Patriot Act becomes campaign issue

Bush, Kerry propose sharply different changes to 2001 anti-terrorism law

April 21, 2004|By NEW YORK TIMES NEWS SERVICE

WASHINGTON - The USA Patriot Act, enacted after the Sept. 11 terrorist attacks to bolster homeland defense, emerged yesterday as a presidential campaign issue, with President Bush and Sen. John Kerry jockeying over rival efforts to change the law.

Both candidates claimed their competing proposals would "strengthen" the landmark anti-terrorism legislation that swept through Congress with bipartisan support six weeks after the catastrophic attacks in 2001. The measure cleared the House on a 357-66 vote and the Senate on a vote of 96-1.

But Bush and Kerry differed sharply on how they would change the law, which a recent Newsweek magazine poll shows is supported by the public by a margin of 57 percent to 34 percent.

With most provisions of the Patriot Act scheduled to expire at the end of next year, Bush told supporters at a campaign appearance in Buffalo, N.Y., that he favored extending the law and called for new authority for nonjudicial administrative subpoenas and greater judicial authority to order suspected terrorists held indefinitely without bail.

Kerry called for an end to federal authority to surreptitiously monitor public library use, Internet traffic and e-mail correspondence of ordinary people as part of efforts to track potential terrorists.

Kerry also would:

Expand money-laundering provisions to include non-bank financial institutions such as hedge funds and unregulated financial operations.

Require more federal information sharing by immediately giving 18,000 state, county and local law enforcement agencies access to 58 national lists of terrorist suspects and creating 24-hour operations centers in each state.

Consolidate U.S. intelligence gathering under a director of national intelligence who would oversee the budgets, and the hiring and firing of personnel, across more than a dozen U.S. intelligence agencies.

Bush delivered his remarks in Buffalo to highlight the administration's successful prosecution of six Yemenis from nearby Lackawanna, N.Y. The suspects pleaded guilty to federal charges of supporting terrorism after briefly attending al-Qaida terrorist training camps in Afghanistan before the Sept. 11 attacks.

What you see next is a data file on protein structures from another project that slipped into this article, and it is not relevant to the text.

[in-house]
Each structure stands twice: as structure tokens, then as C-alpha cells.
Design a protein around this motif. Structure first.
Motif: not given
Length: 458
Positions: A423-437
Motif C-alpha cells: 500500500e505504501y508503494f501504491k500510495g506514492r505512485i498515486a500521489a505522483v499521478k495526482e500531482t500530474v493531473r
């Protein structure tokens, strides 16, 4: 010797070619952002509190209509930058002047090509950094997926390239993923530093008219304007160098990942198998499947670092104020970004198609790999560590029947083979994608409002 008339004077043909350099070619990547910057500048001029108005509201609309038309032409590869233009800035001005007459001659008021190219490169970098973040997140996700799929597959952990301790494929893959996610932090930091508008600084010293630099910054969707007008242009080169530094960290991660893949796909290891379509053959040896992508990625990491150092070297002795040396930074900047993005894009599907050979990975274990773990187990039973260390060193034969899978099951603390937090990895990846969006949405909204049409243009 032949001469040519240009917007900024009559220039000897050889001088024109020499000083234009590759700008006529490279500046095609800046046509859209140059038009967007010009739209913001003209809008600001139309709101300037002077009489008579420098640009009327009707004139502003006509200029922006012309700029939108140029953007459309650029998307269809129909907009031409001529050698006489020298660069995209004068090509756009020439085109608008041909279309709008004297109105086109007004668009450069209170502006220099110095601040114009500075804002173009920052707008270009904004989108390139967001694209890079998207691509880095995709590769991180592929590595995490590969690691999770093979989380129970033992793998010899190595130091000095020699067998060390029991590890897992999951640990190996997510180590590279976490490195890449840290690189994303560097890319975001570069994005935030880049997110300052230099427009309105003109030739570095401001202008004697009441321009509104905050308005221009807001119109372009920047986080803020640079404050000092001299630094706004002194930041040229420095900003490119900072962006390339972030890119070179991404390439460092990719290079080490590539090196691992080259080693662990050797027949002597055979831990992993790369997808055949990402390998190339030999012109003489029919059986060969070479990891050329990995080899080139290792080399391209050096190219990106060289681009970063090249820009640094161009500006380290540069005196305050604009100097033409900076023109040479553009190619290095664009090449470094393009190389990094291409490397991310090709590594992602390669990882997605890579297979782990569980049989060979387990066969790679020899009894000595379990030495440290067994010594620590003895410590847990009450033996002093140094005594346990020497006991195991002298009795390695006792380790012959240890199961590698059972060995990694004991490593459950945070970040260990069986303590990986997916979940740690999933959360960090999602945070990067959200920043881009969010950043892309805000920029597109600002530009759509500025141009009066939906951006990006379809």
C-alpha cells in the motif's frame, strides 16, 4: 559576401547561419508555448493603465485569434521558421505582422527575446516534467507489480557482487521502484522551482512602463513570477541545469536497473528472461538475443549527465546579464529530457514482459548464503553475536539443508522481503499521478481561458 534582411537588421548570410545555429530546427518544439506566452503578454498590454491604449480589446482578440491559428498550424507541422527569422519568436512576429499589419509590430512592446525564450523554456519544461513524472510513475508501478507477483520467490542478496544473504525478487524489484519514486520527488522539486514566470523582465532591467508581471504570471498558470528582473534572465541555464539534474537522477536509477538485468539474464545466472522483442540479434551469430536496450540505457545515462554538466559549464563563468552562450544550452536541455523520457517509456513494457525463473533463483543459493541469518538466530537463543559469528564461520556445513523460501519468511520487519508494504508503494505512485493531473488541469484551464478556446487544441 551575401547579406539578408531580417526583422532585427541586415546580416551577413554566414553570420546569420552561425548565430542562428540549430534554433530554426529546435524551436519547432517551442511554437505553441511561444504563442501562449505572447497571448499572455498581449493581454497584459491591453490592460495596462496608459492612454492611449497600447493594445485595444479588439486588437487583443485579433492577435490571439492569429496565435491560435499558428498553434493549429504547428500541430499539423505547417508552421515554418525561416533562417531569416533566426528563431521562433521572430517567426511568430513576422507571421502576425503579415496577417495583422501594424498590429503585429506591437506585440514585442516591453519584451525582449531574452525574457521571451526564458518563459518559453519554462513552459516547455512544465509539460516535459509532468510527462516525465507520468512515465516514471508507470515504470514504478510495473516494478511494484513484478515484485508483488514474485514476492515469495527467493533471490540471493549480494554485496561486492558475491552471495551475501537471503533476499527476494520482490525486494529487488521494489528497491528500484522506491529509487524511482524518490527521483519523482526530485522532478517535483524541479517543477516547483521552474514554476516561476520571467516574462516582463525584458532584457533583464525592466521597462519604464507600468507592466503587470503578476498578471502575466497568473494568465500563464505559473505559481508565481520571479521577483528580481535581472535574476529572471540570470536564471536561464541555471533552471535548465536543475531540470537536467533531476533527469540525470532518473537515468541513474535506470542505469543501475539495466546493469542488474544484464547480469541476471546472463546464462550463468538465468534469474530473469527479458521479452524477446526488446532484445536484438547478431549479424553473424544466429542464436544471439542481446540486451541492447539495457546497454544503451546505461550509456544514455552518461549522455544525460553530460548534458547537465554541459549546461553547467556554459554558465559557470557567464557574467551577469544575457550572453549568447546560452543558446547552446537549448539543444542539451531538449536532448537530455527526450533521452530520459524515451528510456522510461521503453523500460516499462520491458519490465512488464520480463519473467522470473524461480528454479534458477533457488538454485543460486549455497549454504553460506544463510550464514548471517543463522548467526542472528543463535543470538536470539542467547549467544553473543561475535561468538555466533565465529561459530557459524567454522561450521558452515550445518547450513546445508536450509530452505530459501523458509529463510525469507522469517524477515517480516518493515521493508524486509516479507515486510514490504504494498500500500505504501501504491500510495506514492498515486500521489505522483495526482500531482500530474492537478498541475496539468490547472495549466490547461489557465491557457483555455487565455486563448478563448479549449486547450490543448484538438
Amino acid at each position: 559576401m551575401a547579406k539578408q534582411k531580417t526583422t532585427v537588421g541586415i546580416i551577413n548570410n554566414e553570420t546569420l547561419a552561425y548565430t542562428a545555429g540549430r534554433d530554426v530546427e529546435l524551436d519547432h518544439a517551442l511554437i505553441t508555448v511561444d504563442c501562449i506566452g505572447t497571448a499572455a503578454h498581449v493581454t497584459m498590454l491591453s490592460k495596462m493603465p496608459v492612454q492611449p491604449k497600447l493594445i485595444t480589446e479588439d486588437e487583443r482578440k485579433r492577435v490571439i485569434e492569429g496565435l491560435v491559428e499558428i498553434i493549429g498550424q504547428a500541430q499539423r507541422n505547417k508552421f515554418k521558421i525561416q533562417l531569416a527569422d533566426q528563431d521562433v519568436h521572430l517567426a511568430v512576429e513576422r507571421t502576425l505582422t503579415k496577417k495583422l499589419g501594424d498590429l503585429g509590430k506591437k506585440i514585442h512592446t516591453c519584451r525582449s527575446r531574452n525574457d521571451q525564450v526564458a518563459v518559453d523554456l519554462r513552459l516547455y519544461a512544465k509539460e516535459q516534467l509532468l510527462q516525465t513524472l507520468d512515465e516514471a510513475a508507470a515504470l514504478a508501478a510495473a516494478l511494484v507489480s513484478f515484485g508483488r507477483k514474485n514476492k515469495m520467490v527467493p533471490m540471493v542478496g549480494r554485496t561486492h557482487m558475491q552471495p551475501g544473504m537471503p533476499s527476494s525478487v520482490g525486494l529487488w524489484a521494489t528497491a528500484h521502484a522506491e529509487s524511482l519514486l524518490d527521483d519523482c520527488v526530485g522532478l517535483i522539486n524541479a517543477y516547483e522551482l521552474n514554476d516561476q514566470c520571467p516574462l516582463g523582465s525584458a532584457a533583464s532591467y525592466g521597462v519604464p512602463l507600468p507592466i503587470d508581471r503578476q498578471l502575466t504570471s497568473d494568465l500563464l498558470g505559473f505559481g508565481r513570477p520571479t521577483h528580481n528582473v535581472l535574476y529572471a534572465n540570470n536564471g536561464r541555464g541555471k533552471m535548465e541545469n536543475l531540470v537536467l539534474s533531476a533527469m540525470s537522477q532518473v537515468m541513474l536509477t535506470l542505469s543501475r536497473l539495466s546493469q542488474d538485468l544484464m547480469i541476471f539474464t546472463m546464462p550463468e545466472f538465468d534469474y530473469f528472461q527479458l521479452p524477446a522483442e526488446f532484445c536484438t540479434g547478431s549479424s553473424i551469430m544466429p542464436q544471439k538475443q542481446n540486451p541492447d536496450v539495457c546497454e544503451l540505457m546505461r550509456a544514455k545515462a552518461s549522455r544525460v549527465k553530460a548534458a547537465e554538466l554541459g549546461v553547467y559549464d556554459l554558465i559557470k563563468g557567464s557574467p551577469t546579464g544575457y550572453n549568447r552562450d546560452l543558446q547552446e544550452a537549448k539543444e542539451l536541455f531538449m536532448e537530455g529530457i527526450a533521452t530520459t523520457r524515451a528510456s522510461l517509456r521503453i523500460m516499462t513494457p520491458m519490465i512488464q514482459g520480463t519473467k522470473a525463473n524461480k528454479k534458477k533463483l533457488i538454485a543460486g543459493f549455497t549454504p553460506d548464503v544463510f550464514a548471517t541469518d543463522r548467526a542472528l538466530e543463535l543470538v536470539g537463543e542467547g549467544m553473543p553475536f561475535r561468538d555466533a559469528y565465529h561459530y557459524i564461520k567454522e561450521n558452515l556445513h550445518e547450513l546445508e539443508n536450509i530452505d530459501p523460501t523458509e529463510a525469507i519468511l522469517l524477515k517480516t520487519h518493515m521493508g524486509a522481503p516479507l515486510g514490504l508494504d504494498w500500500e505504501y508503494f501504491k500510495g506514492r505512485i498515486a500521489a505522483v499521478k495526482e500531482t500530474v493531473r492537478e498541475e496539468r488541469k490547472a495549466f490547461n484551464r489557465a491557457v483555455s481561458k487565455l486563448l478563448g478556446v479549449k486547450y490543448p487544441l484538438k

Bush tried to dampen civil liberties concerns over some provisions of the law by likening court-ordered roving wiretaps on suspected terrorists' cellular phones to federal authority to track drug lords.

The president equated so-called "sneak-and-peek" searches under court-ordered "delayed notification" search warrants to a long-standing FBI tool used against suspected mobsters.

"It's important for our fellow citizens to understand, when you think Patriot Act, constitutional guarantees are in place when it comes to doing what is necessary to protect our homeland because we value the Constitution," Bush said.

Kerry said he had supported the Patriot Act in the Senate in part because of the "sunset" provisions that make the law expire Dec. 31, 2005.

Campaign spokesman Phil Singer said Kerry supports 95 percent of the 140 provisions in the Patriot Act and favors "improving some provisions to make it more effective."

Kerry, contending the Patriot Act did not solve the problem of information sharing, urged greater efforts by federal authorities to keep local officials updated.

"The federal government does not adequately share information with local law enforcement to keep us safe," he said in a statement.

Kerry's support for renewal of the Patriot Act with some changes contrasts with his call during the Democratic primary campaign to replace the act "with a new law that protects our people and our liberties."

In a Dec. 1 address at Iowa State University, Kerry said he welcomed "good ideas" within the Patriot Act that increased penalties for convicted terrorists, extended the statute of limitations for terrorist crimes and granted federal authorities greater power to prosecute overseas terrorist acts against Americans.

But he claimed that Bush and Attorney General John Ashcroft had "shown a pattern of abusing our civil liberties" in the name of counterterrorism, adding: "They have used the Patriot Act in ways that were never intended and for reasons that have nothing to do with terrorism."

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